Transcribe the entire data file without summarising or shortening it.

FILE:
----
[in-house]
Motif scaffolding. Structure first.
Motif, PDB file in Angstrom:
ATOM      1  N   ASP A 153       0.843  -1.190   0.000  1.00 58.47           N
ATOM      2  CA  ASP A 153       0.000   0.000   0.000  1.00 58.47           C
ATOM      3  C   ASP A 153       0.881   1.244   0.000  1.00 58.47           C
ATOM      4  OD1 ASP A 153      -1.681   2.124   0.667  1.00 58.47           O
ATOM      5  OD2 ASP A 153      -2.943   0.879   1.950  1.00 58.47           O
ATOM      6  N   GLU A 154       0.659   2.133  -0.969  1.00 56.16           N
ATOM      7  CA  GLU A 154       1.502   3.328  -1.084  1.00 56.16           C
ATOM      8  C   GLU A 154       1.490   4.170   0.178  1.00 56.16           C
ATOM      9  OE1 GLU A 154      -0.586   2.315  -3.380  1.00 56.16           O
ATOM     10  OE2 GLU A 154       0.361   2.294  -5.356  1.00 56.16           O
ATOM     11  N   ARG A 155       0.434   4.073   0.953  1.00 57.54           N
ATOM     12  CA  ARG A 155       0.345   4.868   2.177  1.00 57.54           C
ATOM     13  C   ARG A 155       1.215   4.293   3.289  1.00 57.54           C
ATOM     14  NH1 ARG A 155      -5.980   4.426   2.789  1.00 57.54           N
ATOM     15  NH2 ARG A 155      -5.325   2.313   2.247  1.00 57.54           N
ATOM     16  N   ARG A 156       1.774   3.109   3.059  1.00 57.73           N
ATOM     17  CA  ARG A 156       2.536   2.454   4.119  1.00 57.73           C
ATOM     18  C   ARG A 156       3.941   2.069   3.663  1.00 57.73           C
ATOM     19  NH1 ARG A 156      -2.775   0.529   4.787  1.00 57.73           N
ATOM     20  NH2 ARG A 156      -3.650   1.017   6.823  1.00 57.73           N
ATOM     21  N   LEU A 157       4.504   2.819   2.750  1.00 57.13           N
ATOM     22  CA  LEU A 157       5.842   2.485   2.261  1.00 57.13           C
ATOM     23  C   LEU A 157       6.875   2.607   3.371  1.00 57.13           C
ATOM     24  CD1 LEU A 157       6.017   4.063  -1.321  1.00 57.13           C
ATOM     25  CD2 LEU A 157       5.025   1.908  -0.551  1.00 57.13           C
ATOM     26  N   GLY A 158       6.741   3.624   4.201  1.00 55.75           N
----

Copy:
[in-house]
Motif scaffolding. Structure first.
Motif, PDB file in Angstrom:
ATOM      1  N   ASP A 153       0.843  -1.190   0.000  1.00 58.47           N
ATOM      2  CA  ASP A 153       0.000   0.000   0.000  1.00 58.47           C
ATOM      3  C   ASP A 153       0.881   1.244   0.000  1.00 58.47           C
ATOM      4  OD1 ASP A 153      -1.681   2.124   0.667  1.00 58.47           O
ATOM      5  OD2 ASP A 153      -2.943   0.879   1.950  1.00 58.47           O
ATOM      6  N   GLU A 154       0.659   2.133  -0.969  1.00 56.16           N
ATOM      7  CA  GLU A 154       1.502   3.328  -1.084  1.00 56.16           C
ATOM      8  C   GLU A 154       1.490   4.170   0.178  1.00 56.16           C
ATOM      9  OE1 GLU A 154      -0.586   2.315  -3.380  1.00 56.16           O
ATOM     10  OE2 GLU A 154       0.361   2.294  -5.356  1.00 56.16           O
ATOM     11  N   ARG A 155       0.434   4.073   0.953  1.00 57.54           N
ATOM     12  CA  ARG A 155       0.345   4.868   2.177  1.00 57.54           C
ATOM     13  C   ARG A 155       1.215   4.293   3.289  1.00 57.54           C
ATOM     14  NH1 ARG A 155      -5.980   4.426   2.789  1.00 57.54           N
ATOM     15  NH2 ARG A 155      -5.325   2.313   2.247  1.00 57.54           N
ATOM     16  N   ARG A 156       1.774   3.109   3.059  1.00 57.73           N
ATOM     17  CA  ARG A 156       2.536   2.454   4.119  1.00 57.73           C
ATOM     18  C   ARG A 156       3.941   2.069   3.663  1.00 57.73           C
ATOM     19  NH1 ARG A 156      -2.775   0.529   4.787  1.00 57.73           N
ATOM     20  NH2 ARG A 156      -3.650   1.017   6.823  1.00 57.73           N
ATOM     21  N   LEU A 157       4.504   2.819   2.750  1.00 57.13           N
ATOM     22  CA  LEU A 157       5.842   2.485   2.261  1.00 57.13           C
ATOM     23  C   LEU A 157       6.875   2.607   3.371  1.00 57.13           C
ATOM     24  CD1 LEU A 157       6.017   4.063  -1.321  1.00 57.13           C
ATOM     25  CD2 LEU A 157       5.025   1.908  -0.551  1.00 57.13           C
ATOM     26  N   GLY A 158       6.741   3.624   4.201  1.00 55.75           N